South West Nova Scotia - If you’ve been on the receiving end of more than your share of mosquito bites recently, you’re not alone.
Despite the drought in southwestern Nova Scotia this summer, the mosquito population appears to be booming, judging by talk around the water cooler and on social media.
But mosquitoes don’t need warm, moist weather to thrive.
Nova Scotia Museum of Natural History zoology curator Andrew Hebda says damp and rainy weather is good to create short-lived pools and small ponds, but even in a drought “and a warm one to boot” there are lots of good breeding places for mosquitoes.
“All they need is some standing water… could be a kiddies back-yard plastic pool, a wheelbarrow that holds water, rain barrow used for water for the garden or, best of all, any old car/truck tires laying around,” he said.
Discarded black tires make great breeding grounds as the heat from the sun accelerates the life cycle. There’s standing water (it’s always difficult to remove all of it from tires) and the tire’s opening allows sufficient light to help algae grow (the larvae feed on phytoplankton).
Hebda says there are about 29 species of mosquitoes in the province and that some lay their eggs in salt marshes (salt marsh mosquito). Those are always present.
“So even though ground-water levels are going down, and pastures/meadows and natural ponds/pools may be drying out, there are still lots of places to lay eggs, and with the relative humidity staying high, it is not that unpleasant for the adults,” he said.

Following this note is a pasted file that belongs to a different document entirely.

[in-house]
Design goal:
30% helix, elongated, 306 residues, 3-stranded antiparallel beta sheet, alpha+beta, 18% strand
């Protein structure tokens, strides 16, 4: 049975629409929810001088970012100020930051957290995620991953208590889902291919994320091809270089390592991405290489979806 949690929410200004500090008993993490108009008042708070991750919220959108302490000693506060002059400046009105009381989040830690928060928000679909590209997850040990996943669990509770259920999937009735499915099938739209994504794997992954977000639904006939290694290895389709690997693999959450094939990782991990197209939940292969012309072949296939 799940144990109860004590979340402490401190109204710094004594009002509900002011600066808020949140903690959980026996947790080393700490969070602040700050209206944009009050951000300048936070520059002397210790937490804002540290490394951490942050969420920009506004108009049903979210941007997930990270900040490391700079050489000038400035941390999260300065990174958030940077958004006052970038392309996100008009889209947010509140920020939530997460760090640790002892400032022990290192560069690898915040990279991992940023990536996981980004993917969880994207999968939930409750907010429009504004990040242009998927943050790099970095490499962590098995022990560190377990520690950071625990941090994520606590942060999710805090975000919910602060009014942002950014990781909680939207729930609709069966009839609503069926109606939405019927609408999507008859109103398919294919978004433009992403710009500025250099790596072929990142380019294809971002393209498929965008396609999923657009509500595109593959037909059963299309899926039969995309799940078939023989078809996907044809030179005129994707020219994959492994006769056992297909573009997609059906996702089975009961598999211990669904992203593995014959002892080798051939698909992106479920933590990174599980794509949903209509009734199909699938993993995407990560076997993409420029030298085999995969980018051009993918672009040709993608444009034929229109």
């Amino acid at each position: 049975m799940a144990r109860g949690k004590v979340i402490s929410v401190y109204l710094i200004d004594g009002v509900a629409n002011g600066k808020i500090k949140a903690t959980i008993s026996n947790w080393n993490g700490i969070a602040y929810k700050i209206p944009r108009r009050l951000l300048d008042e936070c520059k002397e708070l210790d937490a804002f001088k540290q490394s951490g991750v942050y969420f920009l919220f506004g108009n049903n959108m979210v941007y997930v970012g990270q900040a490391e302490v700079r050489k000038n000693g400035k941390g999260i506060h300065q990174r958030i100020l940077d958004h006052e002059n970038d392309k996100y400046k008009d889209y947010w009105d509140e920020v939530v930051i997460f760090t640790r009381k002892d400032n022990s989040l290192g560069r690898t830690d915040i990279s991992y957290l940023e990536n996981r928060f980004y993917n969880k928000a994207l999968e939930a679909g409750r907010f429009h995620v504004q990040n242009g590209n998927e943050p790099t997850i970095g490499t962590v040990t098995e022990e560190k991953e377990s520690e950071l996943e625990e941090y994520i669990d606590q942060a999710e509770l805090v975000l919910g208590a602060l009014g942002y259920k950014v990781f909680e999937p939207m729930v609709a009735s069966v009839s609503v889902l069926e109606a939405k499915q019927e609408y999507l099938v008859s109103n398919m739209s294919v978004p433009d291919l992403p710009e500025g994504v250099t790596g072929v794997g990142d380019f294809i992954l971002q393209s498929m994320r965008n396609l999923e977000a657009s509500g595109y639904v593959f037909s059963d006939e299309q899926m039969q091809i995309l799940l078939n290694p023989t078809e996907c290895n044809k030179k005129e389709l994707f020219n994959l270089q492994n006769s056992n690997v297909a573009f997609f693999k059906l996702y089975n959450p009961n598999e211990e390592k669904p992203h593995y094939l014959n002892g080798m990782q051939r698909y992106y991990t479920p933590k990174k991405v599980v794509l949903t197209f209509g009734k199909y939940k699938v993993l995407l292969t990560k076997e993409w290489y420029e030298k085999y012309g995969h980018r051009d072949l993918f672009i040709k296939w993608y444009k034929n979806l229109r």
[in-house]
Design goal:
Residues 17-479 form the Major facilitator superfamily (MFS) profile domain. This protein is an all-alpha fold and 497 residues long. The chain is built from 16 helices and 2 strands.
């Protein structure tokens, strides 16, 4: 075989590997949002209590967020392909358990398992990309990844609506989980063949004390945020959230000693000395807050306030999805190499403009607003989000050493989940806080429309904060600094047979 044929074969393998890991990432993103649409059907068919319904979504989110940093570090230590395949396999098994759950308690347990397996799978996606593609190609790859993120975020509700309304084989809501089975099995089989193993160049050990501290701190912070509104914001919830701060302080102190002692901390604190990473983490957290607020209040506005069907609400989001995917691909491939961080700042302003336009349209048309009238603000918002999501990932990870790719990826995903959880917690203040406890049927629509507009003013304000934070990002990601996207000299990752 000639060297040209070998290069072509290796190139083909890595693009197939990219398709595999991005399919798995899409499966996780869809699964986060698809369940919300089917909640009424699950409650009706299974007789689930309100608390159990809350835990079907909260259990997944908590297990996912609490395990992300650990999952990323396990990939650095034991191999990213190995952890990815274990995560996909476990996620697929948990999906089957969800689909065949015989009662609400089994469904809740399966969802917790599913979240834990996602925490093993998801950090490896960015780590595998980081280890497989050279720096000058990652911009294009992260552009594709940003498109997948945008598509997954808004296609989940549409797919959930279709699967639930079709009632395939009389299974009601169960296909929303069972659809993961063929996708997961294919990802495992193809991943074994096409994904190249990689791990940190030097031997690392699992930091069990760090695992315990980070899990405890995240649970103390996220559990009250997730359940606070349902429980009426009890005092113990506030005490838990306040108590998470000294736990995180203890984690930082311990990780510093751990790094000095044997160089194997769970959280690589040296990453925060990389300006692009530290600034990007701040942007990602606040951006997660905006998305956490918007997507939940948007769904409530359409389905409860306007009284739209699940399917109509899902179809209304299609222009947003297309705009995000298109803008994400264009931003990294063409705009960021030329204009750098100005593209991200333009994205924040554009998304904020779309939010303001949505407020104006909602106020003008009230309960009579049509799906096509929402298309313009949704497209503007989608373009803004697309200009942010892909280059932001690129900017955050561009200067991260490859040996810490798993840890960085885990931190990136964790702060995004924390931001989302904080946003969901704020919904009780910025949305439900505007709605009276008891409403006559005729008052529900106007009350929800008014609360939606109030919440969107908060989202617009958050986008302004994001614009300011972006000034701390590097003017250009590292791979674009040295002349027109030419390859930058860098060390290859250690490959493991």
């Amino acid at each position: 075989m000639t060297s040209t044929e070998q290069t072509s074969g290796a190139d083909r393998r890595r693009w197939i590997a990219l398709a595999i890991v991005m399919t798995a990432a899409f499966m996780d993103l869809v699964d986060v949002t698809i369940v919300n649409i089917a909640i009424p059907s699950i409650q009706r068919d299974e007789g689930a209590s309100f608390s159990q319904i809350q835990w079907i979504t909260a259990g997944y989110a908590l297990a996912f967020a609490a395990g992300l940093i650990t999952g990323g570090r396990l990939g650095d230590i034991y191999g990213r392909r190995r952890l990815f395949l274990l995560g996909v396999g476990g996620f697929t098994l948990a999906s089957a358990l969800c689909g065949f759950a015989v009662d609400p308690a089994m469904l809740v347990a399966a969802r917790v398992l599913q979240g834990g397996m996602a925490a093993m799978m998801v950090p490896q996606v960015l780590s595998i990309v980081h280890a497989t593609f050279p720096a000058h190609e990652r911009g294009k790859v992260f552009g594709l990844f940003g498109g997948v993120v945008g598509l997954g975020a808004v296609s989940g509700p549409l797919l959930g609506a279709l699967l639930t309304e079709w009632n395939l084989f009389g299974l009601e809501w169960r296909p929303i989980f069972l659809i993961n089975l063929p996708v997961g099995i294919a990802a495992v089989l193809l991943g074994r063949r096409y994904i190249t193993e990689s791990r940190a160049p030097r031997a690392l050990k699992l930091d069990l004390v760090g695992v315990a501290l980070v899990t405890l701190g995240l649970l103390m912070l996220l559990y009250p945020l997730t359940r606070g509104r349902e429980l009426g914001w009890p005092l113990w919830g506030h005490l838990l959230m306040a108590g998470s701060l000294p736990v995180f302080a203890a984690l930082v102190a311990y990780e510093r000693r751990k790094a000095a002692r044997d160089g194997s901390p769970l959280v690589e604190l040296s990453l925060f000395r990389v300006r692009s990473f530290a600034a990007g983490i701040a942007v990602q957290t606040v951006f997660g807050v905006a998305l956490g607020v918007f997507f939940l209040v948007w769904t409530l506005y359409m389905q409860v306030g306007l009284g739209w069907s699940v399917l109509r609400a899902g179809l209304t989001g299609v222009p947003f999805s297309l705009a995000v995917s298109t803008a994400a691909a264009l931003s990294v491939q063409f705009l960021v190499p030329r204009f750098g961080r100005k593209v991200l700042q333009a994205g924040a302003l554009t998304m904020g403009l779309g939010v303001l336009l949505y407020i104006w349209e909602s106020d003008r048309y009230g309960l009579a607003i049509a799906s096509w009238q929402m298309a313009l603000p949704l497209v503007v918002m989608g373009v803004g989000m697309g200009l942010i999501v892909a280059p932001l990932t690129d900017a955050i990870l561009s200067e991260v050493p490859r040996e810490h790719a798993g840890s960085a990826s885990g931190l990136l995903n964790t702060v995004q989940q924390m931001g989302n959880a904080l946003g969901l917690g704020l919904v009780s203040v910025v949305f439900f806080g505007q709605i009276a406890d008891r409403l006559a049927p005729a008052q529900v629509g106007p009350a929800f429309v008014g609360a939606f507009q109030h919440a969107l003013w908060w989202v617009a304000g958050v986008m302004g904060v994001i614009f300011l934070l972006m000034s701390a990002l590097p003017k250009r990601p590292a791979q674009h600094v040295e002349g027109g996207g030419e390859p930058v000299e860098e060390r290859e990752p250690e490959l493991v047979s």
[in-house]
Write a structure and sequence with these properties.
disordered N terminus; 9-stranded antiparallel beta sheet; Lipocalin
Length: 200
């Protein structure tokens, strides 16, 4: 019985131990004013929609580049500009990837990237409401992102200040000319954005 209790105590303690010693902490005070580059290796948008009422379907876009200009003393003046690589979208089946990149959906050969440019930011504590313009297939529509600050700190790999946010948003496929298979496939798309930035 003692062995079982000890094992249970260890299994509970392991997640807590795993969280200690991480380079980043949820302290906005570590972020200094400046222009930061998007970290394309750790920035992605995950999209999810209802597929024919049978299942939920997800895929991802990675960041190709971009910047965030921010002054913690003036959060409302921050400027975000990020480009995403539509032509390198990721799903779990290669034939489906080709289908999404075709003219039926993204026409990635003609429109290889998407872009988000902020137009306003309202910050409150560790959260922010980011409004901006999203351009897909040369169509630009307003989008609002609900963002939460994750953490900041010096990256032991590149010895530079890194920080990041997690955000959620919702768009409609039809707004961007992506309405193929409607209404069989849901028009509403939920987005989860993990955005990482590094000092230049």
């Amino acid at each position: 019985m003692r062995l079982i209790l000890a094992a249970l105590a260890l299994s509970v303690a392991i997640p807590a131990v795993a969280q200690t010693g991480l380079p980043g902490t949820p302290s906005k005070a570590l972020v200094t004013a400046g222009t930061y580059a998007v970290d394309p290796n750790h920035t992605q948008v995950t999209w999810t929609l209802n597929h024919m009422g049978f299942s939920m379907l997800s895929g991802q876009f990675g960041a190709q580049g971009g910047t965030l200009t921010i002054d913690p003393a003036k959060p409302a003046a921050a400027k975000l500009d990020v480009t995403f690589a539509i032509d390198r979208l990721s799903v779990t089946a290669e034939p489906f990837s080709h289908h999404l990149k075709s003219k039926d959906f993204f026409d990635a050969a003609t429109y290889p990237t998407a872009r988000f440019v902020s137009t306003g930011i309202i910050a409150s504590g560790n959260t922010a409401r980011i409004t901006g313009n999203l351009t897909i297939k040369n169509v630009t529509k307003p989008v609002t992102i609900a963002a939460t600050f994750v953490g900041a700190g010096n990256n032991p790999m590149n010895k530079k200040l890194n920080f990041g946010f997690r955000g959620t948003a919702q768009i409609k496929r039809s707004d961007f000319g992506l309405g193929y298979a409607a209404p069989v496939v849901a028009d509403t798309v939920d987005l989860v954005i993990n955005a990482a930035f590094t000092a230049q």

He adds that, fortunately, there are very few (if any) diseases that are mosquito-borne in Nova Scotia at this time, so mosquito presence is just a nuisance to us.
Hebda notes that bats and some insect-feeding birds traditionally use mosquitoes as part of their diets, but only to a small degree, so the absence of – or a reduced number – of those may be only a minor factor.
Did you know?
A mosquito can drink up to three times its weight in blood.
It would take about 1.2 million bites to drain all the blood from your body.
Female mosquitoes can lay up to 300 eggs at a time.
Mosquitoes spend their first 10 days in water.
Top speed for a mosquito is about 1.5 miles per hour.